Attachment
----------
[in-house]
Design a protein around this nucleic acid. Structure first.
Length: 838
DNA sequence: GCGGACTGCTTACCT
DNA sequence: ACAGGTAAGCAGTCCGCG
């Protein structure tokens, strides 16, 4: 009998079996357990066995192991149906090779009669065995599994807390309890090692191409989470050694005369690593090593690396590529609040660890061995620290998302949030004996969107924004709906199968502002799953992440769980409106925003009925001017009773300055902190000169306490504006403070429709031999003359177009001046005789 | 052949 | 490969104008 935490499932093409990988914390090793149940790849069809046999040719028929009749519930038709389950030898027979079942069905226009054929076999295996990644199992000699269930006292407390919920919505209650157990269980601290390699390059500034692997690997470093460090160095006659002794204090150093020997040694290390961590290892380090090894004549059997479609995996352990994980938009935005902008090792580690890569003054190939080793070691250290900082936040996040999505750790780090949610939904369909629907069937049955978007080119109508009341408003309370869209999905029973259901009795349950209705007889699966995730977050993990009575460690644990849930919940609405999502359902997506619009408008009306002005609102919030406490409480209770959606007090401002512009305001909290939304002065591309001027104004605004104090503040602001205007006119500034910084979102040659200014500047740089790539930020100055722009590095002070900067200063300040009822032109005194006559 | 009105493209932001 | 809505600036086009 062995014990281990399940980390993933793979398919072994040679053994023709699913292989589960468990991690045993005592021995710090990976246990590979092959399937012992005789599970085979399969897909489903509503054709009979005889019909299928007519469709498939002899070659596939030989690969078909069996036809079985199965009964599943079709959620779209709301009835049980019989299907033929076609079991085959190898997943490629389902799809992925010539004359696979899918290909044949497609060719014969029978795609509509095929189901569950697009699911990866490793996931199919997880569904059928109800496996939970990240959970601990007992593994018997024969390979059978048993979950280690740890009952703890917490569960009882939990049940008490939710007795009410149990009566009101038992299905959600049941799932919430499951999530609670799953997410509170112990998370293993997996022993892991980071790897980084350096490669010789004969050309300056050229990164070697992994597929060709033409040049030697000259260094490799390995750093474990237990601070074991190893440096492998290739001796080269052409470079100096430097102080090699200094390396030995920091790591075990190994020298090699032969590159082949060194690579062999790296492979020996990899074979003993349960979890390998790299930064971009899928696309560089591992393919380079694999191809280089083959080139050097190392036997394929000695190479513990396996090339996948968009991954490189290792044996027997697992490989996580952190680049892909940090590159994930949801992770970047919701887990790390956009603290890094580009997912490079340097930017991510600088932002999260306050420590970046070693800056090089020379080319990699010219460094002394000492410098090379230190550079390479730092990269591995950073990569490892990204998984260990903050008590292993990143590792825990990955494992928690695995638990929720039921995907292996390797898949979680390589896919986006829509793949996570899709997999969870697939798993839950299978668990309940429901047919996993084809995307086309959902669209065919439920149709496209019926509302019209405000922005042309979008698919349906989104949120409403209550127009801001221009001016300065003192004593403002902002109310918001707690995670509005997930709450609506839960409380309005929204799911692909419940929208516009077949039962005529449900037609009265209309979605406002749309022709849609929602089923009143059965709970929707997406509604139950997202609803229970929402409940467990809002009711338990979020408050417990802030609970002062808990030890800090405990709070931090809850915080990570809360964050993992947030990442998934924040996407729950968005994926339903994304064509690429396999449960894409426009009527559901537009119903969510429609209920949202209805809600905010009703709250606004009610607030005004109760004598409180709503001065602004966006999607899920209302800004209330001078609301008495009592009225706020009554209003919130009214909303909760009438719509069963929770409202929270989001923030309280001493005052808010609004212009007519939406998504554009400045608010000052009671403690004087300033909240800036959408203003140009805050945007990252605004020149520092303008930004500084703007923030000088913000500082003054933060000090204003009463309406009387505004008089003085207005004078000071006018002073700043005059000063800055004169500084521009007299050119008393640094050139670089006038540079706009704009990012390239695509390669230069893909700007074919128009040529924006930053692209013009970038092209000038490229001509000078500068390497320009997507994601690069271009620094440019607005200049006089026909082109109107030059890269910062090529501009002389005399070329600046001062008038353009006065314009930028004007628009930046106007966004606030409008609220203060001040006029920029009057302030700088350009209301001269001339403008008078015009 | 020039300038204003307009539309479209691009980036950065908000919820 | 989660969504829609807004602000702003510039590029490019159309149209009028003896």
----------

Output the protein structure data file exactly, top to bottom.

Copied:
[in-house]
Design a protein around this nucleic acid. Structure first.
Length: 838
DNA sequence: GCGGACTGCTTACCT
DNA sequence: ACAGGTAAGCAGTCCGCG
């Protein structure tokens, strides 16, 4: 009998079996357990066995192991149906090779009669065995599994807390309890090692191409989470050694005369690593090593690396590529609040660890061995620290998302949030004996969107924004709906199968502002799953992440769980409106925003009925001017009773300055902190000169306490504006403070429709031999003359177009001046005789 | 052949 | 490969104008 935490499932093409990988914390090793149940790849069809046999040719028929009749519930038709389950030898027979079942069905226009054929076999295996990644199992000699269930006292407390919920919505209650157990269980601290390699390059500034692997690997470093460090160095006659002794204090150093020997040694290390961590290892380090090894004549059997479609995996352990994980938009935005902008090792580690890569003054190939080793070691250290900082936040996040999505750790780090949610939904369909629907069937049955978007080119109508009341408003309370869209999905029973259901009795349950209705007889699966995730977050993990009575460690644990849930919940609405999502359902997506619009408008009306002005609102919030406490409480209770959606007090401002512009305001909290939304002065591309001027104004605004104090503040602001205007006119500034910084979102040659200014500047740089790539930020100055722009590095002070900067200063300040009822032109005194006559 | 009105493209932001 | 809505600036086009 062995014990281990399940980390993933793979398919072994040679053994023709699913292989589960468990991690045993005592021995710090990976246990590979092959399937012992005789599970085979399969897909489903509503054709009979005889019909299928007519469709498939002899070659596939030989690969078909069996036809079985199965009964599943079709959620779209709301009835049980019989299907033929076609079991085959190898997943490629389902799809992925010539004359696979899918290909044949497609060719014969029978795609509509095929189901569950697009699911990866490793996931199919997880569904059928109800496996939970990240959970601990007992593994018997024969390979059978048993979950280690740890009952703890917490569960009882939990049940008490939710007795009410149990009566009101038992299905959600049941799932919430499951999530609670799953997410509170112990998370293993997996022993892991980071790897980084350096490669010789004969050309300056050229990164070697992994597929060709033409040049030697000259260094490799390995750093474990237990601070074991190893440096492998290739001796080269052409470079100096430097102080090699200094390396030995920091790591075990190994020298090699032969590159082949060194690579062999790296492979020996990899074979003993349960979890390998790299930064971009899928696309560089591992393919380079694999191809280089083959080139050097190392036997394929000695190479513990396996090339996948968009991954490189290792044996027997697992490989996580952190680049892909940090590159994930949801992770970047919701887990790390956009603290890094580009997912490079340097930017991510600088932002999260306050420590970046070693800056090089020379080319990699010219460094002394000492410098090379230190550079390479730092990269591995950073990569490892990204998984260990903050008590292993990143590792825990990955494992928690695995638990929720039921995907292996390797898949979680390589896919986006829509793949996570899709997999969870697939798993839950299978668990309940429901047919996993084809995307086309959902669209065919439920149709496209019926509302019209405000922005042309979008698919349906989104949120409403209550127009801001221009001016300065003192004593403002902002109310918001707690995670509005997930709450609506839960409380309005929204799911692909419940929208516009077949039962005529449900037609009265209309979605406002749309022709849609929602089923009143059965709970929707997406509604139950997202609803229970929402409940467990809002009711338990979020408050417990802030609970002062808990030890800090405990709070931090809850915080990570809360964050993992947030990442998934924040996407729950968005994926339903994304064509690429396999449960894409426009009527559901537009119903969510429609209920949202209805809600905010009703709250606004009610607030005004109760004598409180709503001065602004966006999607899920209302800004209330001078609301008495009592009225706020009554209003919130009214909303909760009438719509069963929770409202929270989001923030309280001493005052808010609004212009007519939406998504554009400045608010000052009671403690004087300033909240800036959408203003140009805050945007990252605004020149520092303008930004500084703007923030000088913000500082003054933060000090204003009463309406009387505004008089003085207005004078000071006018002073700043005059000063800055004169500084521009007299050119008393640094050139670089006038540079706009704009990012390239695509390669230069893909700007074919128009040529924006930053692209013009970038092209000038490229001509000078500068390497320009997507994601690069271009620094440019607005200049006089026909082109109107030059890269910062090529501009002389005399070329600046001062008038353009006065314009930028004007628009930046106007966004606030409008609220203060001040006029920029009057302030700088350009209301001269001339403008008078015009 | 020039300038204003307009539309479209691009980036950065908000919820 | 989660969504829609807004602000702003510039590029490019159309149209009028003896």